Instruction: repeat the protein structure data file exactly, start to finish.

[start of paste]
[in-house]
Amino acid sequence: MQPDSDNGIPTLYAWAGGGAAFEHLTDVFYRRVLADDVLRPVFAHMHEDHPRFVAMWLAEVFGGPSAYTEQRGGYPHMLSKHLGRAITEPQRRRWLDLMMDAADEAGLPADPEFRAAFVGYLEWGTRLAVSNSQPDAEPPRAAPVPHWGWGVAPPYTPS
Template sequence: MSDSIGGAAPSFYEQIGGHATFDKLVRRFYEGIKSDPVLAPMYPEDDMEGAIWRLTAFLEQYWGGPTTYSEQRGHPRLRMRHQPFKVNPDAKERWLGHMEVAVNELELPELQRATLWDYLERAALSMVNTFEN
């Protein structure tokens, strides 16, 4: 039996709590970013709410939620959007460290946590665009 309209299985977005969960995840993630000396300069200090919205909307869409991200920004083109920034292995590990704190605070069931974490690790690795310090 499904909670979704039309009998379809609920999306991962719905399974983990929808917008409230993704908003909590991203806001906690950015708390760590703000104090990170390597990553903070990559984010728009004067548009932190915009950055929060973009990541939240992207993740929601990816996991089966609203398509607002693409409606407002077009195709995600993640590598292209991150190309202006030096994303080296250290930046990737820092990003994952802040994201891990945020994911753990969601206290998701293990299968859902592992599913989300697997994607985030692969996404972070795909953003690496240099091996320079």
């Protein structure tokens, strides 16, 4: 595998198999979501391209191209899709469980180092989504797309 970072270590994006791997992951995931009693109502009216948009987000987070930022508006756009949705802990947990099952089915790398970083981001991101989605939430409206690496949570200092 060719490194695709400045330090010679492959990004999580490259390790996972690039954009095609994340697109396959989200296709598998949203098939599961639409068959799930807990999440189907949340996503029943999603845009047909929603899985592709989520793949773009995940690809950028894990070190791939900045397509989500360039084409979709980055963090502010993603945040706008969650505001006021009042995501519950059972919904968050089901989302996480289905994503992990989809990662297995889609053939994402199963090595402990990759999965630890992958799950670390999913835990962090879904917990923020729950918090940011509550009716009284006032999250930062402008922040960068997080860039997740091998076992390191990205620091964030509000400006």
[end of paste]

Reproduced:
[in-house]
Amino acid sequence: MQPDSDNGIPTLYAWAGGGAAFEHLTDVFYRRVLADDVLRPVFAHMHEDHPRFVAMWLAEVFGGPSAYTEQRGGYPHMLSKHLGRAITEPQRRRWLDLMMDAADEAGLPADPEFRAAFVGYLEWGTRLAVSNSQPDAEPPRAAPVPHWGWGVAPPYTPS
Template sequence: MSDSIGGAAPSFYEQIGGHATFDKLVRRFYEGIKSDPVLAPMYPEDDMEGAIWRLTAFLEQYWGGPTTYSEQRGHPRLRMRHQPFKVNPDAKERWLGHMEVAVNELELPELQRATLWDYLERAALSMVNTFEN
């Protein structure tokens, strides 16, 4: 039996709590970013709410939620959007460290946590665009 309209299985977005969960995840993630000396300069200090919205909307869409991200920004083109920034292995590990704190605070069931974490690790690795310090 499904909670979704039309009998379809609920999306991962719905399974983990929808917008409230993704908003909590991203806001906690950015708390760590703000104090990170390597990553903070990559984010728009004067548009932190915009950055929060973009990541939240992207993740929601990816996991089966609203398509607002693409409606407002077009195709995600993640590598292209991150190309202006030096994303080296250290930046990737820092990003994952802040994201891990945020994911753990969601206290998701293990299968859902592992599913989300697997994607985030692969996404972070795909953003690496240099091996320079």
């Protein structure tokens, strides 16, 4: 595998198999979501391209191209899709469980180092989504797309 970072270590994006791997992951995931009693109502009216948009987000987070930022508006756009949705802990947990099952089915790398970083981001991101989605939430409206690496949570200092 060719490194695709400045330090010679492959990004999580490259390790996972690039954009095609994340697109396959989200296709598998949203098939599961639409068959799930807990999440189907949340996503029943999603845009047909929603899985592709989520793949773009995940690809950028894990070190791939900045397509989500360039084409979709980055963090502010993603945040706008969650505001006021009042995501519950059972919904968050089901989302996480289905994503992990989809990662297995889609053939994402199963090595402990990759999965630890992958799950670390999913835990962090879904917990923020729950918090940011509550009716009284006032999250930062402008922040960068997080860039997740091998076992390191990205620091964030509000400006």